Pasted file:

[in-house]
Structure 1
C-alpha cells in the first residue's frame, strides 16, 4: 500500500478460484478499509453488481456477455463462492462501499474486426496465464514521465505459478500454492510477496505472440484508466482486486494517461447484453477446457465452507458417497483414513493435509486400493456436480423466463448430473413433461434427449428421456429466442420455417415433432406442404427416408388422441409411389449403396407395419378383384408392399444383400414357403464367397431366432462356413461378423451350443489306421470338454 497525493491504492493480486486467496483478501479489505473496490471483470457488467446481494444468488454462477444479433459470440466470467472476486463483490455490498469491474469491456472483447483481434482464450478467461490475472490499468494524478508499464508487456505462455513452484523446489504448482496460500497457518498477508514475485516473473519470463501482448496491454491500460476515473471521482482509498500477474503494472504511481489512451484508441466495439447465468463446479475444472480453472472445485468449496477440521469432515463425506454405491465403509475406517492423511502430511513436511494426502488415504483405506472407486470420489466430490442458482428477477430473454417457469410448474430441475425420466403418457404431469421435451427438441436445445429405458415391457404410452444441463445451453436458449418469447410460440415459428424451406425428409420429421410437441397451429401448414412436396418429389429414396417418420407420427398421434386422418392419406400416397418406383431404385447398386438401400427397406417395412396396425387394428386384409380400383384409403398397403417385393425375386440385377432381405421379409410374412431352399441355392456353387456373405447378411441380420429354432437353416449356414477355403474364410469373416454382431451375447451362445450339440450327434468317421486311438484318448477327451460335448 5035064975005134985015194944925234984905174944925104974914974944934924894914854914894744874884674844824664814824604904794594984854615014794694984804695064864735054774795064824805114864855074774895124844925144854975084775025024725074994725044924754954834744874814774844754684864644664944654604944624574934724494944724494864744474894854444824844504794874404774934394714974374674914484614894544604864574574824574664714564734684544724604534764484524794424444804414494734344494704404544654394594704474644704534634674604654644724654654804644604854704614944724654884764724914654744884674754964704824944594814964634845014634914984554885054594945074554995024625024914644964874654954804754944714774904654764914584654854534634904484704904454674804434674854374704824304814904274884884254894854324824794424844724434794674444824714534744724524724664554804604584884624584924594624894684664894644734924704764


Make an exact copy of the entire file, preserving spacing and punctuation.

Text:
[in-house]
Structure 1
C-alpha cells in the first residue's frame, strides 16, 4: 500500500478460484478499509453488481456477455463462492462501499474486426496465464514521465505459478500454492510477496505472440484508466482486486494517461447484453477446457465452507458417497483414513493435509486400493456436480423466463448430473413433461434427449428421456429466442420455417415433432406442404427416408388422441409411389449403396407395419378383384408392399444383400414357403464367397431366432462356413461378423451350443489306421470338454 497525493491504492493480486486467496483478501479489505473496490471483470457488467446481494444468488454462477444479433459470440466470467472476486463483490455490498469491474469491456472483447483481434482464450478467461490475472490499468494524478508499464508487456505462455513452484523446489504448482496460500497457518498477508514475485516473473519470463501482448496491454491500460476515473471521482482509498500477474503494472504511481489512451484508441466495439447465468463446479475444472480453472472445485468449496477440521469432515463425506454405491465403509475406517492423511502430511513436511494426502488415504483405506472407486470420489466430490442458482428477477430473454417457469410448474430441475425420466403418457404431469421435451427438441436445445429405458415391457404410452444441463445451453436458449418469447410460440415459428424451406425428409420429421410437441397451429401448414412436396418429389429414396417418420407420427398421434386422418392419406400416397418406383431404385447398386438401400427397406417395412396396425387394428386384409380400383384409403398397403417385393425375386440385377432381405421379409410374412431352399441355392456353387456373405447378411441380420429354432437353416449356414477355403474364410469373416454382431451375447451362445450339440450327434468317421486311438484318448477327451460335448 5035064975005134985015194944925234984905174944925104974914974944934924894914854914894744874884674844824664814824604904794594984854615014794694984804695064864735054774795064824805114864855074774895124844925144854975084775025024725074994725044924754954834744874814774844754684864644664944654604944624574934724494944724494864744474894854444824844504794874404774934394714974374674914484614894544604864574574824574664714564734684544724604534764484524794424444804414494734344494704404544654394594704474644704534634674604654644724654654804644604854704614944724654884764724914654744884674754964704824944594814964634845014634914984554885054594945074554995024625024914644964874654954804754944714774904654764914584654854534634904484704904454674804434674854374704824304814904274884884254894854324824794424844724434794674444824714534744724524724664554804604584884624584924594624894684664894644734924704764